Authorship and ownership

The ongoing debate over Google Print Google

Book Search is yet another manifestation of a more fundamental debate over

intellectual property rights. But one thing has been nagging at me for a while,

and it’s based on the whole idea of an author owning a work of IP, which ownership

can be transferred to a publishing company. This ownership – known as

copyright – is an interesting thing. For one thing, although it is transferrable,

there doesn’t seem to be any market in it. One would imagine that JK Rowling,

say, or her publishers, might be interested in selling the copyright to her

books – I’m sure there are a few hedge funds out there who would pay a

lot of money for such an asset. But to my knowledge, the only way to buy copyrights

is to buy an entire publishing company.

(Why might a publishing company be interested in selling an author’s copyright?

Because publishing companies are often strapped for cash. Because they might

be better at finding new talent than at monetizing existing talent. Because

it would help consolidate all that author’s copyrights in one place. Because

they’re planning on stopping printing that author’s books. There’s all manner

of possible reasons.)

More interestingly, the publishers, who have the copyright in the work, are

hiding behind an organisation called the Authors Guild in their fight with Google.

It’s a question of spin: the chattering classes will support struggling writers

over Google any day, but a fight between Google and HarperCollins (prop: R.

Murdoch) would probably go the other way in terms of public opinion.

It seems to me that the law is based on what you might call the auteur theory

of creation: a work of IP has an author, and it’s up to the author what to do

with the copyright. Publishers might have legal right to their copyrights, but

the moral right still resides with the original author. Take a couple of examples

from a recent article by Lawrence Weschler in Harper’s, on the subject of war

movies. Apparently, when Francis Ford Coppola and his editing team were putting

together Apocalypse Now, they cut the most famous scene in the film to a particular

Solti/Vienna Philharmonic recording

of the Ride of the Valkyries. Then, when they realised they hadn’t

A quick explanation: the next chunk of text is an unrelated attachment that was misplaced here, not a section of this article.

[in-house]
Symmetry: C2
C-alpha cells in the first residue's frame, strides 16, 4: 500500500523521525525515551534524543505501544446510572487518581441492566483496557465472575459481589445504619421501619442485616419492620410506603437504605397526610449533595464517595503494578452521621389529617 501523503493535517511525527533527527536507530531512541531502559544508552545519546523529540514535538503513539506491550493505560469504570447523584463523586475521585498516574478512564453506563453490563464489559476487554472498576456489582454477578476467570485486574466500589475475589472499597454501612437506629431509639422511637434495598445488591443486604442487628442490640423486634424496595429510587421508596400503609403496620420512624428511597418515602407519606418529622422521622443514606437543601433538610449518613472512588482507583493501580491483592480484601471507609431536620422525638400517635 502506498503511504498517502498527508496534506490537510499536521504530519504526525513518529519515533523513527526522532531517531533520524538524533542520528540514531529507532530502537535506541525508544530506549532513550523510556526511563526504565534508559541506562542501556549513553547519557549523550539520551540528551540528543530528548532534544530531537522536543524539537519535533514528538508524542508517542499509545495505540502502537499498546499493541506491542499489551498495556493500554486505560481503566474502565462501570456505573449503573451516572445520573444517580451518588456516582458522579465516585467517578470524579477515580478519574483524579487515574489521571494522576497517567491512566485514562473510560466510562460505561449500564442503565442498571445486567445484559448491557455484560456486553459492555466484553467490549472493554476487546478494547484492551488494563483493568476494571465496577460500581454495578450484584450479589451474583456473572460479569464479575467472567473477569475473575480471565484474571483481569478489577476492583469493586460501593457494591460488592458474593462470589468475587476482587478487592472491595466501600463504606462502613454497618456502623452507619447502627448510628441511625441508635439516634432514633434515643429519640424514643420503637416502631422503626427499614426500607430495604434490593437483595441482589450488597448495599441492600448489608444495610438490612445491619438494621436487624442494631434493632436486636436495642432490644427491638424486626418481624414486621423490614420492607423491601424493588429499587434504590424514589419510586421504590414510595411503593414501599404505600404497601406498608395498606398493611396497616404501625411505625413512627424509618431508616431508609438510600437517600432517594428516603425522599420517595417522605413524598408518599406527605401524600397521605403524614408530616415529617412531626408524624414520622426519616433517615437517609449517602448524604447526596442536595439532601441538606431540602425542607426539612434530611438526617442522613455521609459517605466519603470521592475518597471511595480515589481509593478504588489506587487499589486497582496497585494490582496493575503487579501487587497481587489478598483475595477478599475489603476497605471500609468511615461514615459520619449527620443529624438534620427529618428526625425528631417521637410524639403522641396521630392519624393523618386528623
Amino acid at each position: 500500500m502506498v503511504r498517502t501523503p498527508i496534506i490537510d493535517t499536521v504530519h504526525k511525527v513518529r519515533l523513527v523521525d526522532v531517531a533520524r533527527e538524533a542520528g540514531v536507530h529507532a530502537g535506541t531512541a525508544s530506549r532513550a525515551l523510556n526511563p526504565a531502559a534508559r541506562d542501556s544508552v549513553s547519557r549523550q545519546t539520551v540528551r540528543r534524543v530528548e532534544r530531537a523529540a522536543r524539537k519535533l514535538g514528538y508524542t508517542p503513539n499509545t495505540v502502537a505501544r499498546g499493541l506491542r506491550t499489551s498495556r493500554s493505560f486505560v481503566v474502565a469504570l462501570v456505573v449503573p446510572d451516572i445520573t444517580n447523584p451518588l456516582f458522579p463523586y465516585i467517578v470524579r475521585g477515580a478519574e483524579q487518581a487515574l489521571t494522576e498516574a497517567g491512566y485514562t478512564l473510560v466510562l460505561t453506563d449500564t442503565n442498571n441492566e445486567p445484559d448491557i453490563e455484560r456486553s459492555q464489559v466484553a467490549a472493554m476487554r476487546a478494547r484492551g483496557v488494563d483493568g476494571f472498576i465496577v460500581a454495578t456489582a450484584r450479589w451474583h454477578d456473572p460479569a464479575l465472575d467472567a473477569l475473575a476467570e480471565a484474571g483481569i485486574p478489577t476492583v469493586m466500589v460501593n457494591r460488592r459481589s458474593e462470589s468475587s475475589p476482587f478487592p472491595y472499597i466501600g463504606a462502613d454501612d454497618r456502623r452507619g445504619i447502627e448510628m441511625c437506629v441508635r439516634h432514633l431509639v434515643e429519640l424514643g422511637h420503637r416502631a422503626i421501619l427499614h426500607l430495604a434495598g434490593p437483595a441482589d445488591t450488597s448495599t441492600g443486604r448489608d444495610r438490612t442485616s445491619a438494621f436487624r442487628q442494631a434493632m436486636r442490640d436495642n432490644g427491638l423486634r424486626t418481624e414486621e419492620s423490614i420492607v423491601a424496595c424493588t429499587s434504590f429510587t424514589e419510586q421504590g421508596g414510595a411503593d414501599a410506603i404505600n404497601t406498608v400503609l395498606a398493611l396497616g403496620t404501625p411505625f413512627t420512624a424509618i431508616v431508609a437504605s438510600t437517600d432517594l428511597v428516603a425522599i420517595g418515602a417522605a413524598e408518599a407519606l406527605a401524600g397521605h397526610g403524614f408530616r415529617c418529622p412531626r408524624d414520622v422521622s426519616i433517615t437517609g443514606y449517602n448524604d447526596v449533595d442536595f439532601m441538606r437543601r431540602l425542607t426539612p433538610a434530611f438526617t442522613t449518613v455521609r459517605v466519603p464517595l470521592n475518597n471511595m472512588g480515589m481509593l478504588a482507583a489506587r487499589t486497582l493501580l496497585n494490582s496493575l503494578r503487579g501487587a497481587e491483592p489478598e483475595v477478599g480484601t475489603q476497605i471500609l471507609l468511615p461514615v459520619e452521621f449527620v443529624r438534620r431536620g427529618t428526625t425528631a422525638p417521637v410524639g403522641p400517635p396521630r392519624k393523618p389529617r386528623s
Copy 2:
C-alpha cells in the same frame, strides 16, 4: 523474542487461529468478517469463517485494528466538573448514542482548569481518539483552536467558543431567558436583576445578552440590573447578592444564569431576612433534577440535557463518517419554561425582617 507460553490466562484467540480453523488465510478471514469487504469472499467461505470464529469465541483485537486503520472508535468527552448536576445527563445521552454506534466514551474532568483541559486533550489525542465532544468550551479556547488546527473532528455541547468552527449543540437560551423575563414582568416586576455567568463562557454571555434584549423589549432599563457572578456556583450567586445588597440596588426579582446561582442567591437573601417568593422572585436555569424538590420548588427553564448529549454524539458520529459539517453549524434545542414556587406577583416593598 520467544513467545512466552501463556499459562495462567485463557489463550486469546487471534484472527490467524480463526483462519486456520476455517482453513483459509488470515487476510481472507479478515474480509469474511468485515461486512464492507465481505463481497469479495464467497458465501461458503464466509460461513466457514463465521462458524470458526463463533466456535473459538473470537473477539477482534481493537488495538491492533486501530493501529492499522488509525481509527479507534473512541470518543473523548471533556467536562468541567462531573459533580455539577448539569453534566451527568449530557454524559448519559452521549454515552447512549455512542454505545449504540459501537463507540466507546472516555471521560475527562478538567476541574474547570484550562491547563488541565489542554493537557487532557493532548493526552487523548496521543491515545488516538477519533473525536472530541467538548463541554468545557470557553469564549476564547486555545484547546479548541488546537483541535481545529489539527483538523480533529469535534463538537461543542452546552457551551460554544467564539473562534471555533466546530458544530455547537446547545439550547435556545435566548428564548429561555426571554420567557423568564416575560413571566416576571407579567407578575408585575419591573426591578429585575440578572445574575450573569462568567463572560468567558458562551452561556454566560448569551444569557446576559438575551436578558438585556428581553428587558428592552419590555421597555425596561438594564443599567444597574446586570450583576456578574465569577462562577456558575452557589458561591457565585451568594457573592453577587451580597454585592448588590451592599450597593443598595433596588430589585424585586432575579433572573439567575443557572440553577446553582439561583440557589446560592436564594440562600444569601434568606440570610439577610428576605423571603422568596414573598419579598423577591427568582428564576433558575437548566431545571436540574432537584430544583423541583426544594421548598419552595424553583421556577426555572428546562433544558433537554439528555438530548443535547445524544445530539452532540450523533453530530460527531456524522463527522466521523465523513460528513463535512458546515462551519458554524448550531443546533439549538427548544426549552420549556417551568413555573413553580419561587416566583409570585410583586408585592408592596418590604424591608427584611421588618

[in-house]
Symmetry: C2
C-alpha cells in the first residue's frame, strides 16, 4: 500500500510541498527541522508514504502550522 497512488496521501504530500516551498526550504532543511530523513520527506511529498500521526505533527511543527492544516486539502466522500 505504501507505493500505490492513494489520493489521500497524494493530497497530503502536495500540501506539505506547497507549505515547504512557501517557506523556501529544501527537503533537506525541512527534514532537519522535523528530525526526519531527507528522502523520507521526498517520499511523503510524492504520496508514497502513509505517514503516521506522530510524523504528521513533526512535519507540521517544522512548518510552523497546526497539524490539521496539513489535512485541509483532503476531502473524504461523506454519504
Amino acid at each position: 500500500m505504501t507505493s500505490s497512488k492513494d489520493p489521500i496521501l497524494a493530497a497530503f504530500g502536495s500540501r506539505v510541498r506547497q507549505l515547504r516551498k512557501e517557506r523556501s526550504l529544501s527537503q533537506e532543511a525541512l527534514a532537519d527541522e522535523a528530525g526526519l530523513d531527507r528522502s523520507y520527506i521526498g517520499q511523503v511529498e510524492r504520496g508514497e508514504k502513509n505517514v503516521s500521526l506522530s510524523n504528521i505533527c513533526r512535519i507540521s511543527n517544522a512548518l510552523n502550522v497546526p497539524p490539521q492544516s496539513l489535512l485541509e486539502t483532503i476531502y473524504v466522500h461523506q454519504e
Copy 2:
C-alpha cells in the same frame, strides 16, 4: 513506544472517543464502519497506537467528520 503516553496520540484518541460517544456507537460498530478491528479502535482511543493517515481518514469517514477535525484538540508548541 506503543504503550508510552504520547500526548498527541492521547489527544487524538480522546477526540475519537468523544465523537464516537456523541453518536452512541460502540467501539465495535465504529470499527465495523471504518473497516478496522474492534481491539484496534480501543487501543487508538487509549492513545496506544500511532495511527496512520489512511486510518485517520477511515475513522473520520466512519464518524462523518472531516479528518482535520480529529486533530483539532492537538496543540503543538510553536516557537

secured the rights, Decca balked at the purpose for which the music was intended,

and denied the filmmakers’ request. It was only after Coppola personally asked

Solti for permission that the rights were acquired.

Weschler also talks about a similar situation 26 years later, when Sam Mendes

and Walter Murch were editing the new film Jarhead. Murch was part

of the team which edited Apocalypse Now, and Jarhead includes

a scene where Apocalypse is screened in front of a room of fresh marines.

Once again, the studio was not keen on granting the new film rights to the old

film, and once again it took a personal intervention – this time from

Coppola – to secure it.

These examples clearly show the distinction between legal and moral copyright

– or, to put it another way, between ownership and authorship. Although

the record label or the film studio was the entity which owned the rights, it

was ultimately the author of the work who made the decision as to whether or

not it could be used.

What I’m unclear about is the degree to which the ability to make those decisions

is a function of the success of the author. If Solti and Coppola hadn’t both

been giants in their field, would their publishers have cared so much about

their will? If it came down to a situation where the CEO of the publishing company

wanted to say no and the author wanted to say yes, who would win? As a journalist,

I often sign contracts signing away any and all rights to my own work –

I can’t even put it up on my own website without permission. So I’m not sure

that moral copyright is particularly strong or useful these days, even though

it certainly does exist.

The thing which fascinates me even more is the lack of any ambiguity, in the

vast majority of cases, as to where the authorship lies. Walter Murch, who edited

Apocalypse Now, was in no position to provide rights to it; that privilege

belonged not to the editor but to the director. The Vienna Philharmonic, which

played the Ride of the Valkyries, was not consulted on whether or not its music

could be used in Apocalypse Now; that decision was made by the conductor,

Georg Solti. And I’m sure that if I wanted to reprint Weschler’s essay in an

anthology of film-themed literature, it would ultimately be Weschler himself,

and not the publishers of Harper’s, who would make that decision.

As we all know, moving pictures and orchestral recordings are highly collaborative

affairs. Both involve hundreds of creative individuals working very hard to

make something that no one individual could ever come up with alone. It’s hard

to see what gives the director of the film, or the conductor of the orchestra,

the moral right to make decisions about the use of the work of art which he

created in conjunction with so many others. Writers have long sought authorship